There is a significant number of posts on the internet regarding how people hate bloatware that comes bundled with their devices, how it eats at their precious internal storage space and how they would want to uninstall it (which is impossible w/o rooting your device). While I agree with one’s right to hate the bloatware, everything else is a delusion. Let’s take a look.
I will be using the Android Debug Bridge (ADB) shell to take a look at Android file systems.
C:\>adb shell shell@android:/
Here is how the file system layout of a typical Android device looks like as produced by the df (disk free) shell command. I have removed all the lines that are not relevant to the discussion.
shell@android:/df Filesystem Size Used Free /system 503M 219M 284M /data 4G 23M 4G /cache 251M 4M 247M /storage/sdcard0 1G 92M 1G /storage/sdcard1 8G 1G 7G
What do we see here?
- /system – Android OS itself. In a dedicated partition. This is important. This partition is read only at runtime (safe & secure) and cannot be accessed by the user via USB.
- /data – This is where the user data resides that this is what’s called “Internal Storage” when you open up the Settings -> Storage This is where the apps are installed, settings are stored, app data gets saved, etc. Compare the space counters in the screenshot with the ones in the df output. However, this is also cannot be accessed by the user neither via USB nor via built-in file explorers due to very tight file system permissions.
- /cache – caches of all sorts, including optimized application and library code. This gets wiped almost every time you patch your OS resulting in “Android is processing applications 11/10500” dialog that seems to drag on forever. Nevertheless, it is important to get those caches wiped, otherwise apps may crash and misbehave, as the old cached code might be incompatible with the new patches. If you want to learn more about this mumbo-jumbo google for ODEX and Dalvik. As usual, no access via USB.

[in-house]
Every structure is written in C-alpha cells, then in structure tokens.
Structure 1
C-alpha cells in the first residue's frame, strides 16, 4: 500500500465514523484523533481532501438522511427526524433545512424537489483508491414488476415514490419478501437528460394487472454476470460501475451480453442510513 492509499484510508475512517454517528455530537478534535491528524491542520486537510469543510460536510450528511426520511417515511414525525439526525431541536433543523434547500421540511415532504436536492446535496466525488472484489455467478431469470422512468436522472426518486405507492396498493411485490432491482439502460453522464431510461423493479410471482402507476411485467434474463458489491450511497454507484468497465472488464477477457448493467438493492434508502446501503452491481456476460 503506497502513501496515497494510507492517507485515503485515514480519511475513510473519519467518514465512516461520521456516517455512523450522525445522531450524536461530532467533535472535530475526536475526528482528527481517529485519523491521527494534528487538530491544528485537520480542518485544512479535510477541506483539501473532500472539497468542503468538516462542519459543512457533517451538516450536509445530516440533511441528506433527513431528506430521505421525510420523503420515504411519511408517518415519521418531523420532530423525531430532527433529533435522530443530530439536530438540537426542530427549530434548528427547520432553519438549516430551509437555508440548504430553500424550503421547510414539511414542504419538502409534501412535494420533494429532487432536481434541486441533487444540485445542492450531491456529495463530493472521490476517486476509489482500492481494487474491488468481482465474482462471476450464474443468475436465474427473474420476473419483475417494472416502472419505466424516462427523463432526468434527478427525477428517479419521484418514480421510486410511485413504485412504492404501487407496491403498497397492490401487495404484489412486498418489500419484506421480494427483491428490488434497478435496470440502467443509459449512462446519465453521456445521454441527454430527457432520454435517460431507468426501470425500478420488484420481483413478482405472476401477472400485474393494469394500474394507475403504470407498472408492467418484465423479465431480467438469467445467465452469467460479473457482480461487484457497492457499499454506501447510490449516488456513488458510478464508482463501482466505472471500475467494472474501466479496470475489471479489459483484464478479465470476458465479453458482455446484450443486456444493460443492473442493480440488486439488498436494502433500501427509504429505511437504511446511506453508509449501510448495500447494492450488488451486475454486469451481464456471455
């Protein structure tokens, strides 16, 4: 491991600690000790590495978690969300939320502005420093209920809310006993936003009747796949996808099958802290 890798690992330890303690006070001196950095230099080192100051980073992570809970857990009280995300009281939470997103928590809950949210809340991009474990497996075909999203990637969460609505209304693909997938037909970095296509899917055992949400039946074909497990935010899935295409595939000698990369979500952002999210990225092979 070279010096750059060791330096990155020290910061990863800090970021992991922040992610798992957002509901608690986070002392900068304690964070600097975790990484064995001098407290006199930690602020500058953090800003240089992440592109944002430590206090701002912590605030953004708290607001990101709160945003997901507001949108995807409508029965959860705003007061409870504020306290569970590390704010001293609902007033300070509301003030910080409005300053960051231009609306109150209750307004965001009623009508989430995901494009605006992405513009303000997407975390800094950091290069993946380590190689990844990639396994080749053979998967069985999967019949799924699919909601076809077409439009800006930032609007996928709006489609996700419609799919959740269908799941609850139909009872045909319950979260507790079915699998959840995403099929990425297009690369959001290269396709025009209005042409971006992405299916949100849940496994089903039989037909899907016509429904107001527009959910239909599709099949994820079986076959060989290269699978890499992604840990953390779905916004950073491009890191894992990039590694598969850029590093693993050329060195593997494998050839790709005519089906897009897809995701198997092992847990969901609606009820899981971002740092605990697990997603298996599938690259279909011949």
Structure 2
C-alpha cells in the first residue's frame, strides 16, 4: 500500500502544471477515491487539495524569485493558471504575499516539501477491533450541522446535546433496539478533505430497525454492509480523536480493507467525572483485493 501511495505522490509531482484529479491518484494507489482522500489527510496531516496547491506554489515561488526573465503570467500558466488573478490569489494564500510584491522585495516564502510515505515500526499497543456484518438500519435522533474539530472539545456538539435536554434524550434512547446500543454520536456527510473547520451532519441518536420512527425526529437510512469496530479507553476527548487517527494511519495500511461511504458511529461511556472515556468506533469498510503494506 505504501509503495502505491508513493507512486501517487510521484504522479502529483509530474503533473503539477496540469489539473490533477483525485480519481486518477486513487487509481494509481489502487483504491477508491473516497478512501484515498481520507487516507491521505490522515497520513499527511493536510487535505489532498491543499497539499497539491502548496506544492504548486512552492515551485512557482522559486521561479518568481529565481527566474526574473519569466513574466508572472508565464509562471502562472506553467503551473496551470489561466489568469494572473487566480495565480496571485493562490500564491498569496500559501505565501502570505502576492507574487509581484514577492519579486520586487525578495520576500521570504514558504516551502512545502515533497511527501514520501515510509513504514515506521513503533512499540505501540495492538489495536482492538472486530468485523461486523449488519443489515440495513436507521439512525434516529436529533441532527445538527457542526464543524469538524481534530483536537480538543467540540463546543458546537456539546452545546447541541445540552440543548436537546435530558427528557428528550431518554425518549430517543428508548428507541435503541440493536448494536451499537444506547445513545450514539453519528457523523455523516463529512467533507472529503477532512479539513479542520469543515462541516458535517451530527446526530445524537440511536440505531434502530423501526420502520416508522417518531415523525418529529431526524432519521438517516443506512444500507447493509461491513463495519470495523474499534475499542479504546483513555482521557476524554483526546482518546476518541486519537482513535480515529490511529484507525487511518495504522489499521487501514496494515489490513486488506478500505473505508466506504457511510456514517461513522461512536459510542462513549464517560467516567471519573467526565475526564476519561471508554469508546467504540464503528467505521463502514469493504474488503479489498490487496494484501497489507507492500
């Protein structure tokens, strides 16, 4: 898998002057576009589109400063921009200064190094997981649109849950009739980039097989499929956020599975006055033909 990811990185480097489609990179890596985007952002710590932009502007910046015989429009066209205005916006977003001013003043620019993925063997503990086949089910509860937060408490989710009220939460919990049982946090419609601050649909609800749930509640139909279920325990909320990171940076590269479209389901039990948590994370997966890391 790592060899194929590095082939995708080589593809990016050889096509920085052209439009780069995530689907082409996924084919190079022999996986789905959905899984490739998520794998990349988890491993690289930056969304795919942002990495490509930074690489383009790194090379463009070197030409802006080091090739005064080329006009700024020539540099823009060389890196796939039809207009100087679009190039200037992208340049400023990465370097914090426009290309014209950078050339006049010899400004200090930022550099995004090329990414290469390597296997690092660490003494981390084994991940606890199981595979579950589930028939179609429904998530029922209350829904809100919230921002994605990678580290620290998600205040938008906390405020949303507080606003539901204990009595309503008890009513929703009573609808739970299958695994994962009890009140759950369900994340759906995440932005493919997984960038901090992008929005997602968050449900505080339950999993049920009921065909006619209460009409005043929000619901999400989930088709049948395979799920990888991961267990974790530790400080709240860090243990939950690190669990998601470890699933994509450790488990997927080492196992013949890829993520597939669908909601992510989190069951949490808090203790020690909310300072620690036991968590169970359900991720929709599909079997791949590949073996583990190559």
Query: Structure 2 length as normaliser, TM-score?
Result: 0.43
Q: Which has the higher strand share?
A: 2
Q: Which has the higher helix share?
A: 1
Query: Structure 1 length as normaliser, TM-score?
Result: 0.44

- /storage/sdcard[0|1] – these are the Internal and External SD Cards. Numbering and exact path might be different for different devices, so it’s best to look at the partition size. I’ll let you figure out which of the two is which on my device. These are fully accessible by the user over USB. And these are very much the only partitions that the user is supposed to access.
Before moving on, one important point: having OS and data in separate partitions has many important benefits:
- Apps don’t litter the OS with their files (look into your Windows folder for once J)
- Can update OS w/o touching the user data.
- Can back up / restore / wipe user data and caches w/o touching the OS.
- OS partition is mounted as read only at runtime, which means extra security and safety (no file system corruptions in case of power failure etc.)
Now it’s time to connect the dots: if Bloatware comes with the OS and survives the wipes – on what partition can it only reside? Think before reading the next line.
shell@android:/pm path com.vendor.bloatware package:/system/app/com.vendor.bloatware-1.apk
So if it sits on the /system partition, can it eat at space available in /data? Can it affect the “Internal Storage” counters? Will uninstalling it free up Internal Storage space? And ultimately will the user be ever able to uninstall anything from a read-only partition?
The answer to all these questions is a solid No.
So what can you do if you still want those pre-packaged apps away from sight? Use the “Disable” option in Settings -> Storage instead:
If you had used or updated the app, the updates will go in the /data partition (/system is read-only – remember?) and will eat up space there (as well as any data the app had generated for you). In this case, the “Uninstall updates”, “Clear Data” and “Clear Cache” buttons will show up. But in fact, when you tap “Disable” – Android will do it for you automatically.
- Android has a unique partition setup where the OS is separate from the user data, which brings many security and ease of use/management benefits.
- Is bloatware bad? Up to you. Does it eat at your space, should you attempt to uninstall it? No.
- What do you instead – disable them and sleep peacefully.
That’s it for today. Let me know your opinions! What was the nastiest piece of bloatware you have ever encountered?